Category Archives: Body & Mind

Is Dancing Good For You? Can It Make You Smarter!?

Absolutely! Get out and shake that booty!

FROM NEJM: “Among leisure activities, reading, playing board games, playing musical instruments, and dancing were associated with a reduced risk of dementia.”

Discussed here.

I will be dancing this weekend!

boyler room

Improving Health Outcomes among Head and Neck Cancer Patients

Tomorrow (2.17.12) – Free lecture/Seminar at Temple University

Improving Health Outcomes among Head and Neck Cancer Patients

Carolyn Y. Fang, PhD
Associate Professor and Co-Leader of the Cancer Prevention & Control Program
Fox Chase Cancer Center
941 Ritter Annex (Public Health Conference Room)
February 17, 12-1 pm

Studies of head and neck cancer patients have noted that the social environment may be associated with various cancer outcomes, including survival. To date, the potential mechanisms that may underlie such associations have not been well-studied in this population. This seminar will present data from our studies that highlight key pathways linking the social environment with biological processes that may impact cancer outcomes in this patient population. In addition, directions for future interventions designed to enhance survivorship will be discussed.

Sponsored by the Social & Behavioral Health Interventions (SBHI) lab and the Department of Public Health, Temple University

Honesty–Humility: New Correlate of Job Performance

Arrogance + Humility
A new study of job performance indicates that beyond the Big 5 Personality traits (openness, conscientiousness, extraversion, agreeableness, and neuroticism) honesty and humility are unique predictors of job performance.

I came across the article today, just as I myself experienced the benefits of being humble and honest in a work situation. But a better example comes from some wisdom shared with by my friend Léo Walton:

Upon entering the Neuroscience PhD program at the University of Wisconsin Léo mentioned that at first he felt like he was expected to know everything. Soon he realized that he could contribute more and be more successful in the program by admitting what he DID NOT know (which certainly takes honesty and humility). He was able to receive more valuable feedback and job-related information. Those around you, peers and supervisors alike, when they have a clearer picture of where you are coming from, are more likely to provide information that is useful to you, meets you at your current level of understanding, allowing you to then do a better job and be more effective and targeted in your work.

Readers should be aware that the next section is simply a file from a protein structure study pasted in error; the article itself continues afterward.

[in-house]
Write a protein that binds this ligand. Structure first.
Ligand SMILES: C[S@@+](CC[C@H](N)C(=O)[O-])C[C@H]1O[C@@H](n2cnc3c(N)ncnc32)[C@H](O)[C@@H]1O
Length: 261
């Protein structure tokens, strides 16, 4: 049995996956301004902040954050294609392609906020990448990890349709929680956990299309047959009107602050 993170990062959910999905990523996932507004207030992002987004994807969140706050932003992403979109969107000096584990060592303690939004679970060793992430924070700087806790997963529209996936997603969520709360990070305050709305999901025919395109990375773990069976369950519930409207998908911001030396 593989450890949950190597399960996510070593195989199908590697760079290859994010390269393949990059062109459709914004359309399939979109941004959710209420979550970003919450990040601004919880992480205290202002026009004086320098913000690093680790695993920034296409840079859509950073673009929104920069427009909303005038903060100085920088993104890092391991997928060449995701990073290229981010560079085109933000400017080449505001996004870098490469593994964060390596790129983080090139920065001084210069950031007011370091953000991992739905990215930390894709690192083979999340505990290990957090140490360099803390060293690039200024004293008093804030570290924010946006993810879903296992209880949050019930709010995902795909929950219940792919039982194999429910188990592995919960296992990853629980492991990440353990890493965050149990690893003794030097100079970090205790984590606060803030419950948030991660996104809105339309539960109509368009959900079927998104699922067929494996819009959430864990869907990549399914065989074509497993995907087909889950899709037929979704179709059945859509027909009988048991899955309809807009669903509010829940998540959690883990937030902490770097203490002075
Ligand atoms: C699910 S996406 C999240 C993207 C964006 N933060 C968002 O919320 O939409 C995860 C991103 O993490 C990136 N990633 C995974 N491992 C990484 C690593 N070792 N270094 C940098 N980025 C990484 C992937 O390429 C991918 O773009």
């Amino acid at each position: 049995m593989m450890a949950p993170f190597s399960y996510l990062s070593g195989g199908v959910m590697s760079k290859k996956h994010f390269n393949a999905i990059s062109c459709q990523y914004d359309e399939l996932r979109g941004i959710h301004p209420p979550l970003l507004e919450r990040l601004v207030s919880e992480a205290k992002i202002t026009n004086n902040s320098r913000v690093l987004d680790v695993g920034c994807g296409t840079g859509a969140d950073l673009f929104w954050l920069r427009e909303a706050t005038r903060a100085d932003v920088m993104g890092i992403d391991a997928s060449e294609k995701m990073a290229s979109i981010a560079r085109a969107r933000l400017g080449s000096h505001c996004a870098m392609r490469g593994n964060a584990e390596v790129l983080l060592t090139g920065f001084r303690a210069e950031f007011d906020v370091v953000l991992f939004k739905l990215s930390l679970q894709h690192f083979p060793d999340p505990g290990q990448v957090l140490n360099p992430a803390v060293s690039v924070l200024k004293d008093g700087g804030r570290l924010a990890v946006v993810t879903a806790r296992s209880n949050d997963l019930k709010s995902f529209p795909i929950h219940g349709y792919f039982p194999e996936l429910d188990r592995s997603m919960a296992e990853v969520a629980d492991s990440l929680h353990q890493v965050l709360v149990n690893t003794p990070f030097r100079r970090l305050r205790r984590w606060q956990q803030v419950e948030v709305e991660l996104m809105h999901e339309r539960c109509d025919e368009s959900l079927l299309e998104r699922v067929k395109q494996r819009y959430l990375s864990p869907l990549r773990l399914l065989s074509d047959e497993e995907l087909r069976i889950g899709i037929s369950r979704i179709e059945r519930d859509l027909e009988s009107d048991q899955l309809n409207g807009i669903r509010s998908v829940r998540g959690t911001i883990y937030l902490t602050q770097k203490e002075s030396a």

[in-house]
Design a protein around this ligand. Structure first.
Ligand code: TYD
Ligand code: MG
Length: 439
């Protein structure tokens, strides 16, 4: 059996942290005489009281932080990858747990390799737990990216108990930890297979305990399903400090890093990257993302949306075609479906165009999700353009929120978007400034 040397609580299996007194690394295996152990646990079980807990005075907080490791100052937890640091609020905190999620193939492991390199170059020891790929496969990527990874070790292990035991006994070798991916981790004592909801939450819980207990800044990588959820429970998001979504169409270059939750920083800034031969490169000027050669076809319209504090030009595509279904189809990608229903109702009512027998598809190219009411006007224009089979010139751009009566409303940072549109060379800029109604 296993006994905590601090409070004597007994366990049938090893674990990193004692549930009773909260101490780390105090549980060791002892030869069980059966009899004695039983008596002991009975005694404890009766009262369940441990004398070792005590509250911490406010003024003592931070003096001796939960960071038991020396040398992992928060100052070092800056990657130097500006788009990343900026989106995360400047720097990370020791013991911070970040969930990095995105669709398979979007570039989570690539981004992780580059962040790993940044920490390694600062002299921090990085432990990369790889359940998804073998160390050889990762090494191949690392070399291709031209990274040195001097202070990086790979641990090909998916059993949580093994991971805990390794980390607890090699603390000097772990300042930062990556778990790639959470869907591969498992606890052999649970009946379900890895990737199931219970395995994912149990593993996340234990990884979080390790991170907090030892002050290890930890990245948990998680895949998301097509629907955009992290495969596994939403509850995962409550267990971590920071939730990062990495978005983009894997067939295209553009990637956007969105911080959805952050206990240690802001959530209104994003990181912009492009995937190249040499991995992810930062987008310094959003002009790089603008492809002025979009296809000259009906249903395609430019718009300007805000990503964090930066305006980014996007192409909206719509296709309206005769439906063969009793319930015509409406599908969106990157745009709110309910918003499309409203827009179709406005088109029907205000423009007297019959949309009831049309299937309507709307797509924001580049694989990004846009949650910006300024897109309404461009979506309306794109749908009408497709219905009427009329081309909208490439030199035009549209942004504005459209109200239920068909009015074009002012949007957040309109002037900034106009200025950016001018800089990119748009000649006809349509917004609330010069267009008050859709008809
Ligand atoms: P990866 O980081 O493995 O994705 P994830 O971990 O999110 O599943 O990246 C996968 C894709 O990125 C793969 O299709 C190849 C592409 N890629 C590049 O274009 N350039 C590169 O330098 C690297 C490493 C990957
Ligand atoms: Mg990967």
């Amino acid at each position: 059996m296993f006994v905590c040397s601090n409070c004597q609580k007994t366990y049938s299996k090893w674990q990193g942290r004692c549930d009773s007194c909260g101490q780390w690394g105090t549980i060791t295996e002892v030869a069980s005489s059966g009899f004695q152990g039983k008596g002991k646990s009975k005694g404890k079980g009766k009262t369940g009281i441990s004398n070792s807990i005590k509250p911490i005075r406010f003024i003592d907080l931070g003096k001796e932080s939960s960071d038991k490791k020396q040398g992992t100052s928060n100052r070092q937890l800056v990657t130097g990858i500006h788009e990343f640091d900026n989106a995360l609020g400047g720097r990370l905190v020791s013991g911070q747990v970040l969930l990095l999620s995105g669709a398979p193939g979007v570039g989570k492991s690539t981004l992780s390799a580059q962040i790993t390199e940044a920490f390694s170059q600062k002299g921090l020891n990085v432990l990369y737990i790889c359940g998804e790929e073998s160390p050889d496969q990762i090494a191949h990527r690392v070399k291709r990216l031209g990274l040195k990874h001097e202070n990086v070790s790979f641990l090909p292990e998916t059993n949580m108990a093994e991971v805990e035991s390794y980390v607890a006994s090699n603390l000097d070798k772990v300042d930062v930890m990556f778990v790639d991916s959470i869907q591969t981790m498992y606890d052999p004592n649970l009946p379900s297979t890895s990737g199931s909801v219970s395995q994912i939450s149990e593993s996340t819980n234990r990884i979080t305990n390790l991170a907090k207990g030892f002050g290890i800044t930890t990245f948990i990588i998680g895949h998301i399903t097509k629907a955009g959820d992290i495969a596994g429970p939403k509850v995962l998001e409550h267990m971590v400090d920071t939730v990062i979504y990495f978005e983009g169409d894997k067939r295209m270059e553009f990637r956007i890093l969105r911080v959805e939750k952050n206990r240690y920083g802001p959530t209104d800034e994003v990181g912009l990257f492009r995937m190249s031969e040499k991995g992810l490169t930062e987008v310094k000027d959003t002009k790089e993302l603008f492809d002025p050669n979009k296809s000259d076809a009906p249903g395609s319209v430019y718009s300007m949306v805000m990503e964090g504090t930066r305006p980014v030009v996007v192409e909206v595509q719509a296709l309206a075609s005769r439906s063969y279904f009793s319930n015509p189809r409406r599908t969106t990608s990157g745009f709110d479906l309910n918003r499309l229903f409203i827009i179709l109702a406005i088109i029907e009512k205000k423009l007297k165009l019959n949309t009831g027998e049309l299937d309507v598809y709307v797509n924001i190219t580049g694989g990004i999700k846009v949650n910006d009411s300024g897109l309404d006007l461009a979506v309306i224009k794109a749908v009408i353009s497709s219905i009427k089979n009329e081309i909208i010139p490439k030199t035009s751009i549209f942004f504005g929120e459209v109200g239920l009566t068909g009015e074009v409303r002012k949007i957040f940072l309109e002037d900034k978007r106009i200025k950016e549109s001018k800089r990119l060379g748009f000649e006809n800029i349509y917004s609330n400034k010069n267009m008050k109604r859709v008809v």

I think this is an incredibly powerful personality trait, especially in fields where collaboration is required.
But, I would imagine that this attribute could be important in many areas of life besides work. For example, we are told that in our social and romantic relationships honesty is crucial. How true.

I think the take-away message from this article can be summed up nicely by this quote from Malcolm X; “Don’t be in a hurry to condemn because he doesn’t do what you do or think as you think or as fast. There was a time when you didn’t know what you know today.

In other words, you can’t know everything, and admitting what you don’t know only puts you in a position to be more successful in the future.

Psychoneuroimmunological Pathways: Social Stress & Inflammation

Alexy Grey art

A recent study from researchers at the UCLA Cousin’s Center for Psychoneuroimmunology revealed a connection between brain activity in the regions that respond to stress and anxiety in social situations and inflammatory immune responses. This lends support to the mind-body (psychology-physiology) connection in the exacerbation of diseases like asthma, cardiovascular disease, cancer, and depression. I was excited to blog about these findings because they are relevant to my ongoing research “Life Stress, Social Problem Solving and Asthma”.